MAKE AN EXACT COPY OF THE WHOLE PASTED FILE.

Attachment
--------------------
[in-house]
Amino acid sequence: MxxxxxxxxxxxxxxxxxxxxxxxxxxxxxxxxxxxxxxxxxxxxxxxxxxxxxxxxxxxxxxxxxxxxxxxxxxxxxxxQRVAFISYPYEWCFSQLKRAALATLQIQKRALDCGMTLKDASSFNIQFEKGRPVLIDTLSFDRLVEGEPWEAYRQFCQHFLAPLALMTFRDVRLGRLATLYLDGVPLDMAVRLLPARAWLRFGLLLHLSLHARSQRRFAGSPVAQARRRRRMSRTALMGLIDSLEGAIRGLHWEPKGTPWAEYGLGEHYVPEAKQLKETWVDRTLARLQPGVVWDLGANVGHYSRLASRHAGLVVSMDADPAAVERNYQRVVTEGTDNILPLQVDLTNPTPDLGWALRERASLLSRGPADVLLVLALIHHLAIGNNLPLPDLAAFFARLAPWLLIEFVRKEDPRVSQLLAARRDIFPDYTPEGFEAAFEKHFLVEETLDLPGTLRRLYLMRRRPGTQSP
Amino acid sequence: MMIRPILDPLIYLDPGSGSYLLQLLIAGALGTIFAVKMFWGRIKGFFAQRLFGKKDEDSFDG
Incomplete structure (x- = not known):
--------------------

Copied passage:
[in-house]
Amino acid sequence: MxxxxxxxxxxxxxxxxxxxxxxxxxxxxxxxxxxxxxxxxxxxxxxxxxxxxxxxxxxxxxxxxxxxxxxxxxxxxxxxQRVAFISYPYEWCFSQLKRAALATLQIQKRALDCGMTLKDASSFNIQFEKGRPVLIDTLSFDRLVEGEPWEAYRQFCQHFLAPLALMTFRDVRLGRLATLYLDGVPLDMAVRLLPARAWLRFGLLLHLSLHARSQRRFAGSPVAQARRRRRMSRTALMGLIDSLEGAIRGLHWEPKGTPWAEYGLGEHYVPEAKQLKETWVDRTLARLQPGVVWDLGANVGHYSRLASRHAGLVVSMDADPAAVERNYQRVVTEGTDNILPLQVDLTNPTPDLGWALRERASLLSRGPADVLLVLALIHHLAIGNNLPLPDLAAFFARLAPWLLIEFVRKEDPRVSQLLAARRDIFPDYTPEGFEAAFEKHFLVEETLDLPGTLRRLYLMRRRPGTQSP
Amino acid sequence: MMIRPILDPLIYLDPGSGSYLLQLLIAGALGTIFAVKMFWGRIKGFFAQRLFGKKDEDSFDG
Incomplete structure (x- = not known):